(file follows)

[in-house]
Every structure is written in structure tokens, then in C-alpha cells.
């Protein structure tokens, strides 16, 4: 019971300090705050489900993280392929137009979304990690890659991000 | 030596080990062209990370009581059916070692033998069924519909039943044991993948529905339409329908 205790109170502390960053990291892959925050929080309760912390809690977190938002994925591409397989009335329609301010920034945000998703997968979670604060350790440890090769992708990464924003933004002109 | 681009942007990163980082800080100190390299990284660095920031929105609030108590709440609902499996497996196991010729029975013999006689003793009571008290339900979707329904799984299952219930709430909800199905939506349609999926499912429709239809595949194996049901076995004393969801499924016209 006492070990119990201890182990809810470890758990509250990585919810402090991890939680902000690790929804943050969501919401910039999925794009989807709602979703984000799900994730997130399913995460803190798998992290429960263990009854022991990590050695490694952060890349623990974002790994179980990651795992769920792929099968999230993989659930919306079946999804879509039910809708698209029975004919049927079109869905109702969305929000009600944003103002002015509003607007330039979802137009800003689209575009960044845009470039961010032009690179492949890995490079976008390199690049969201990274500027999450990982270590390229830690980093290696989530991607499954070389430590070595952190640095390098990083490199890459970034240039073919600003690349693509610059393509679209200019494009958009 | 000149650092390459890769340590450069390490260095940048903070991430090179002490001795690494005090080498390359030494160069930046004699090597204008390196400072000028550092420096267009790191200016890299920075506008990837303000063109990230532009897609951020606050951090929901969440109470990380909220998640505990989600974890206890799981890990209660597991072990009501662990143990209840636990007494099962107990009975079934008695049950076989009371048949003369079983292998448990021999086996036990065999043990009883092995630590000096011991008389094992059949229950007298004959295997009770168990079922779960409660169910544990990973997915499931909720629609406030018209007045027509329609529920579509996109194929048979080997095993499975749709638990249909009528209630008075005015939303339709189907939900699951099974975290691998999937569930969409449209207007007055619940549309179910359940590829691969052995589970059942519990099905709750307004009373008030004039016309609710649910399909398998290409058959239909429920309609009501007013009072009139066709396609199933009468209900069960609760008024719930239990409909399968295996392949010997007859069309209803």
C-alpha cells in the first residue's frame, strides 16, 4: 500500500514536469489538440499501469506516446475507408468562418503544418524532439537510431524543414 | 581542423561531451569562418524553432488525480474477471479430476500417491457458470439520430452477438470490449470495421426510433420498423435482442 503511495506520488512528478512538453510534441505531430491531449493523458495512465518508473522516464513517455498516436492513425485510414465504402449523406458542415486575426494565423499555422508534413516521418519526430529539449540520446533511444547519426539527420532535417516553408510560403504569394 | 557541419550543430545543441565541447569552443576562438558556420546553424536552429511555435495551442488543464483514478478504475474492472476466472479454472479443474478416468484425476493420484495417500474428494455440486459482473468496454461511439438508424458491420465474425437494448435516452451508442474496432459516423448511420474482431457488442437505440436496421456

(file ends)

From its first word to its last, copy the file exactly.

[in-house]
Every structure is written in structure tokens, then in C-alpha cells.
């Protein structure tokens, strides 16, 4: 019971300090705050489900993280392929137009979304990690890659991000 | 030596080990062209990370009581059916070692033998069924519909039943044991993948529905339409329908 205790109170502390960053990291892959925050929080309760912390809690977190938002994925591409397989009335329609301010920034945000998703997968979670604060350790440890090769992708990464924003933004002109 | 681009942007990163980082800080100190390299990284660095920031929105609030108590709440609902499996497996196991010729029975013999006689003793009571008290339900979707329904799984299952219930709430909800199905939506349609999926499912429709239809595949194996049901076995004393969801499924016209 006492070990119990201890182990809810470890758990509250990585919810402090991890939680902000690790929804943050969501919401910039999925794009989807709602979703984000799900994730997130399913995460803190798998992290429960263990009854022991990590050695490694952060890349623990974002790994179980990651795992769920792929099968999230993989659930919306079946999804879509039910809708698209029975004919049927079109869905109702969305929000009600944003103002002015509003607007330039979802137009800003689209575009960044845009470039961010032009690179492949890995490079976008390199690049969201990274500027999450990982270590390229830690980093290696989530991607499954070389430590070595952190640095390098990083490199890459970034240039073919600003690349693509610059393509679209200019494009958009 | 000149650092390459890769340590450069390490260095940048903070991430090179002490001795690494005090080498390359030494160069930046004699090597204008390196400072000028550092420096267009790191200016890299920075506008990837303000063109990230532009897609951020606050951090929901969440109470990380909220998640505990989600974890206890799981890990209660597991072990009501662990143990209840636990007494099962107990009975079934008695049950076989009371048949003369079983292998448990021999086996036990065999043990009883092995630590000096011991008389094992059949229950007298004959295997009770168990079922779960409660169910544990990973997915499931909720629609406030018209007045027509329609529920579509996109194929048979080997095993499975749709638990249909009528209630008075005015939303339709189907939900699951099974975290691998999937569930969409449209207007007055619940549309179910359940590829691969052995589970059942519990099905709750307004009373008030004039016309609710649910399909398998290409058959239909429920309609009501007013009072009139066709396609199933009468209900069960609760008024719930239990409909399968295996392949010997007859069309209803």
C-alpha cells in the first residue's frame, strides 16, 4: 500500500514536469489538440499501469506516446475507408468562418503544418524532439537510431524543414 | 581542423561531451569562418524553432488525480474477471479430476500417491457458470439520430452477438470490449470495421426510433420498423435482442 503511495506520488512528478512538453510534441505531430491531449493523458495512465518508473522516464513517455498516436492513425485510414465504402449523406458542415486575426494565423499555422508534413516521418519526430529539449540520446533511444547519426539527420532535417516553408510560403504569394 | 557541419550543430545543441565541447569552443576562438558556420546553424536552429511555435495551442488543464483514478478504475474492472476466472479454472479443474478416468484425476493420484495417500474428494455440486459482473468496454461511439438508424458491420465474425437494448435516452451508442474496432459516423448511420474482431457488442437505440436496421456